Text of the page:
Flagler College Basketball: The History
For those not from the South, it might come as a surprise to learn that the oldest city in America is St. Augustine, Fla., a small town rich in history.
At the heart of St. Augustine is the beautiful and quickly growing campus of Flagler College, whose main building sits on King Street, appropriately named since Dr. Martin Luther King, Jr. once protested and walked the downtown streets of St. Augustine.
Across the street from Flagler’s entrance, a nondescript white building sits to the right.
With its red, Spanish style shingles, the building is in architectural keeping with the rest of the city. On the façade of the building are the etched words “Flagler College Gymnasium,” the home of the Flagler College Saints.
And it is a shame that too few people have heard of this city, this college, and this gymnasium, for—like so many other unknown names, cities, and teams—a great story sits behind them.
Now an independent NCAA Division II team, Flagler was formerly a member of the Florida Sunshine Conference (FSC), an NAIA conference, for 14 years.
But times have changed.
The Flagler College basketball program has continued to grow over the years, and much of that progress can be traced to one man: Head Coach James “Bo” Clark, who recently wrapped up his 22nd season with a 20-7 record and yet another Coach of the Year award.
Outside of being a hard-working and demanding coach, Bo Clark is better known to his players and the St. Augustine community as gracious, funny, humble, and—perhaps most importantly—a man of faith.
Not only has Clark compiled 399 wins and three FSC Coach of the Year awards, he has been a mainstay at Flagler—the face of Flagler College basketball, if you will. He has also been a mentor and father-figure to literally hundreds of student-athletes who have had the opportunity to play under Clark’s tutelage.
Assisting the Flagler program is Clark’s lone assistant coach, Jimmy Link, a former Flagler player who graduated in 2003. Link played point guard for the Saints for four years and helped lead the team to an FSC Tournament Championship as a senior.
Previous to his coaching stint at Flagler, Link coached at NCAA Division III Washington College.
Link’s youth and energy have given Clark’s staff a renewed spark and improved recruiting. Coach Link has been virtually everywhere over the last two years, constantly scouring for players that would fit the Flagler bill.
A Gainesville, Fla. product, Link’s University of Florida connections—combined with Clark’s longstanding relationship with Billy Donovan—secured an exhibition contest with the two-time defending national champions, giving Flagler the distinction of being the first team to face the revamped Florida team this season.
Additionally, Coach Link’s older brother, Art, who is currently the defensive coordinator at Campbell University, lettered for the Gators’ football team and was a member of the 1996 National Championship team.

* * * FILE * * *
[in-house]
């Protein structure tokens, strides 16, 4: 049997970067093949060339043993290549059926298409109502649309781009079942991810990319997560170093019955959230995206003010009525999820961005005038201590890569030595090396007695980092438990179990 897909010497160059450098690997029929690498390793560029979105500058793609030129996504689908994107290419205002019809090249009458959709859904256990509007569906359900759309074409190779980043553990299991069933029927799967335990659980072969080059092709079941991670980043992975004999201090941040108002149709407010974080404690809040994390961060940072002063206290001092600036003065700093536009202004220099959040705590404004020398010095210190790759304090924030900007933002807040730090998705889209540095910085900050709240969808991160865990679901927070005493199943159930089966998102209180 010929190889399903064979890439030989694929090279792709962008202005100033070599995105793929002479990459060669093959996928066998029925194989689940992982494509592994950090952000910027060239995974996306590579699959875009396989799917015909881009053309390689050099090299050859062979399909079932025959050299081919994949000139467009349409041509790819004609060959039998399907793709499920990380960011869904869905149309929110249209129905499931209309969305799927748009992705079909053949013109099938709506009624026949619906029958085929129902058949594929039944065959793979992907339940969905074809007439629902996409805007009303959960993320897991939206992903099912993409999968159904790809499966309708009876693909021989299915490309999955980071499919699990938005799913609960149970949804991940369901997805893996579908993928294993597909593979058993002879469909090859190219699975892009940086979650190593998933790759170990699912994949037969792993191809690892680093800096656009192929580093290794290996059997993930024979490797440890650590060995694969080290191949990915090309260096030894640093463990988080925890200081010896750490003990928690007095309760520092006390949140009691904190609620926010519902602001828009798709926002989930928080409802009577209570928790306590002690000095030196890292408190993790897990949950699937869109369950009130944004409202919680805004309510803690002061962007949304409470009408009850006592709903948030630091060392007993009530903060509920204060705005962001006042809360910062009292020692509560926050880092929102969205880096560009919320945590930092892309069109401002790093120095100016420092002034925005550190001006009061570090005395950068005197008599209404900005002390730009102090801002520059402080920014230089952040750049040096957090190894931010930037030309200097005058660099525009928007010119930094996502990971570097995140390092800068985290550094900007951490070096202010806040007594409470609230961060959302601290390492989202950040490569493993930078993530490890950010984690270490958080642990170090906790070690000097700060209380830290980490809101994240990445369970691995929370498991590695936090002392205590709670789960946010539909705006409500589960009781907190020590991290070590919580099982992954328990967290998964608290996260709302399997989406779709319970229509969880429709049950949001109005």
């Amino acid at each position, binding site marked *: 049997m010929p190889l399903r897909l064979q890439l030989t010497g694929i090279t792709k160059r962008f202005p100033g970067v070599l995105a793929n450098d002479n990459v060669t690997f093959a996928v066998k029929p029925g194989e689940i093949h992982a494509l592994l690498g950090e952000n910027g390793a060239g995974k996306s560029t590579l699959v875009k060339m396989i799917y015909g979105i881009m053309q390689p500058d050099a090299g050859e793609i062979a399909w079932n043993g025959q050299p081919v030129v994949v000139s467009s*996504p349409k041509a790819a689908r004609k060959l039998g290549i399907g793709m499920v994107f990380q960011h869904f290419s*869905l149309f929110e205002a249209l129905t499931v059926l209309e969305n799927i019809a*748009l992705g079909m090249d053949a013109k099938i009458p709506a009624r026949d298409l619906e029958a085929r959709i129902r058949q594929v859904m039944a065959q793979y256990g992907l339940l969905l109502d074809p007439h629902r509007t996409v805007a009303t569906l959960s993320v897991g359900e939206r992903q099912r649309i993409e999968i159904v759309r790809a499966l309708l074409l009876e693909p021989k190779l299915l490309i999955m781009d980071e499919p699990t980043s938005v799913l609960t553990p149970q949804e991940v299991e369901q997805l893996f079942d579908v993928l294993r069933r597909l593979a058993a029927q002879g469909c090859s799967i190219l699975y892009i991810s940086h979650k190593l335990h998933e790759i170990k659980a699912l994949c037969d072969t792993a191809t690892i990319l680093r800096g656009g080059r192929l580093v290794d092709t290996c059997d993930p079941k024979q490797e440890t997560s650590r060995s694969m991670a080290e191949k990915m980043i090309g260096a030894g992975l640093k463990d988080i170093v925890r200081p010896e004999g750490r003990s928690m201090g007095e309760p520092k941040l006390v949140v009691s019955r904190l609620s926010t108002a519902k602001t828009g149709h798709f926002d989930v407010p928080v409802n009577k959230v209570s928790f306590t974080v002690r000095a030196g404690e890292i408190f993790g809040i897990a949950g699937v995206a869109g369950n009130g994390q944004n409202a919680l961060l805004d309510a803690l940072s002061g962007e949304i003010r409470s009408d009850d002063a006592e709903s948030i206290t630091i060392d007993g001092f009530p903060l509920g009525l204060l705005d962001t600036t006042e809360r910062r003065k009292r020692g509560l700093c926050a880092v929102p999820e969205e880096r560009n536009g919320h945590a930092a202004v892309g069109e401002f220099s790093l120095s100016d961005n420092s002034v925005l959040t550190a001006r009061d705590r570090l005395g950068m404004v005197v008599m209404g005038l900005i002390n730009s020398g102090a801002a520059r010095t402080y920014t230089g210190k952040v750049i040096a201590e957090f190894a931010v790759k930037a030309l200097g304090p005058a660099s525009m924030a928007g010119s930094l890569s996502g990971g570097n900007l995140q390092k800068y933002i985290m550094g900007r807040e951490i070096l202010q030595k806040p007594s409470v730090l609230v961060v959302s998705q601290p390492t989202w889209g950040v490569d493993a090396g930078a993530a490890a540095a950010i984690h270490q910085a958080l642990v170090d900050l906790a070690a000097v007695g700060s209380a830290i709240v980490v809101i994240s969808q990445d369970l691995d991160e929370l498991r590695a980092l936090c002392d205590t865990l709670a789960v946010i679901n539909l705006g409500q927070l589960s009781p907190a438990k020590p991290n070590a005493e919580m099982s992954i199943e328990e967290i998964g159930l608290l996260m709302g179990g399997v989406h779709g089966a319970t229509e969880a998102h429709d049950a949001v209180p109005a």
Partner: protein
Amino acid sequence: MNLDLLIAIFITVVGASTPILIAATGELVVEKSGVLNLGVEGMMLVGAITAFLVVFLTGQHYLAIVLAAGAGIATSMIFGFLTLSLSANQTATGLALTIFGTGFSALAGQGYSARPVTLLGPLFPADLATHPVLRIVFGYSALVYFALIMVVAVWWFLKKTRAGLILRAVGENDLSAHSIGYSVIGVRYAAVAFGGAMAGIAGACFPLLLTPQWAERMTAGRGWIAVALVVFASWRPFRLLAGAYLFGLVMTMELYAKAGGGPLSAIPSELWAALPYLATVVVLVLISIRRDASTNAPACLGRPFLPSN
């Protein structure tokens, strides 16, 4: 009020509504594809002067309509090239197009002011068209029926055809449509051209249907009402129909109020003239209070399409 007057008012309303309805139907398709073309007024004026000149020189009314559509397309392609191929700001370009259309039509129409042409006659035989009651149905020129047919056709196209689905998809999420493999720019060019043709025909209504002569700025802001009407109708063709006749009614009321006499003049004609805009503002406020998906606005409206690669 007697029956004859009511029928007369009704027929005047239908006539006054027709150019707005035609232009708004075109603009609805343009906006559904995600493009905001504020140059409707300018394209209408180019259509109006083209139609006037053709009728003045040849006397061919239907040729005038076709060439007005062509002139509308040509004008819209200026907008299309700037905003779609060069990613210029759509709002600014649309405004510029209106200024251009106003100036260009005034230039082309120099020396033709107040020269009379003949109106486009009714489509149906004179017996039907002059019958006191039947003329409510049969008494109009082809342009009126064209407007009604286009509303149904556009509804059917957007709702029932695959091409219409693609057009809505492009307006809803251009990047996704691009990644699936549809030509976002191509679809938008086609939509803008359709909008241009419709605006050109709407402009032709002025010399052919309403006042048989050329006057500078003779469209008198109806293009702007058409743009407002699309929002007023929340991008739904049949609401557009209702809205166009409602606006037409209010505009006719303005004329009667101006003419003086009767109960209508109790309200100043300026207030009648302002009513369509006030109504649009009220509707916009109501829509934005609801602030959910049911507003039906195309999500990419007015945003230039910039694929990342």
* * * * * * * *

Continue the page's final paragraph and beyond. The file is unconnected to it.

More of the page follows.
Clearly, though, what makes the Flagler train go is Bo Clark.
In 1982, at only 25 years of age, Clark took over the Flagler program, which was then a part of the NAIA District 25, a conference of 20-22 NAIA teams from Georgia and Florida.
Unmarried and with only one year of high school coaching under his belt, Clark inherited a 6-18 team and only two scholarships with which to work.
That was no matter to Clark, whose first season was the turnaround Flagler was seeking, as his team ended the year with an 18-12 record and a budding student fan base.
Today, Clark is no longer the young, single coach manipulating two scholarships—but the same intensity from 22 years ago is still there. Now married with three children, Clark has taken Flagler to new heights.
Since the 1994-1995 season, Clark’s teams have registered ten 20-win seasons—including two trips to the Sweet 16 of the NAIA National Tournament.
The good news for Flagler College is that more is in store.
In the next month, Flagler will find out if its bid into the NCAA Division II Sunshine State Conference has been accepted.
If the bid goes through, Flagler will gain many benefits: increased exposure, increased scholarships, great competition, and many other improvements.
Ironically, Flagler’s addition to the Sunshine State Conference would bring Clark full circle to his college playing days, as Clark played all four years of his college ball in the Sunshine State Conference.
Although he was offered by both Florida and Providence (among others) coming out of high school, Clark chose the Divison II route, where he became a three-time All-American.
Clark led the country in scoring with an average of 31.6 points per game in 1977, including a 70-point outburst where he went a mind-boggling 33-of-47 from the field.
And had the three-point line been a part of the game at that point, he might have gone for more than 80.
Clark still holds 13 scoring records at his alma mater, and his number 23 jersey was retired at the end of his senior year.
The school Bo Clark played for: The University of Central Florida (UCF). His coach: Eugene “Torchy” Clark, Bo’s father.
This father-son combination (and others) will be chronicled in Tim Pollock’s next Flagler College Basketball article.
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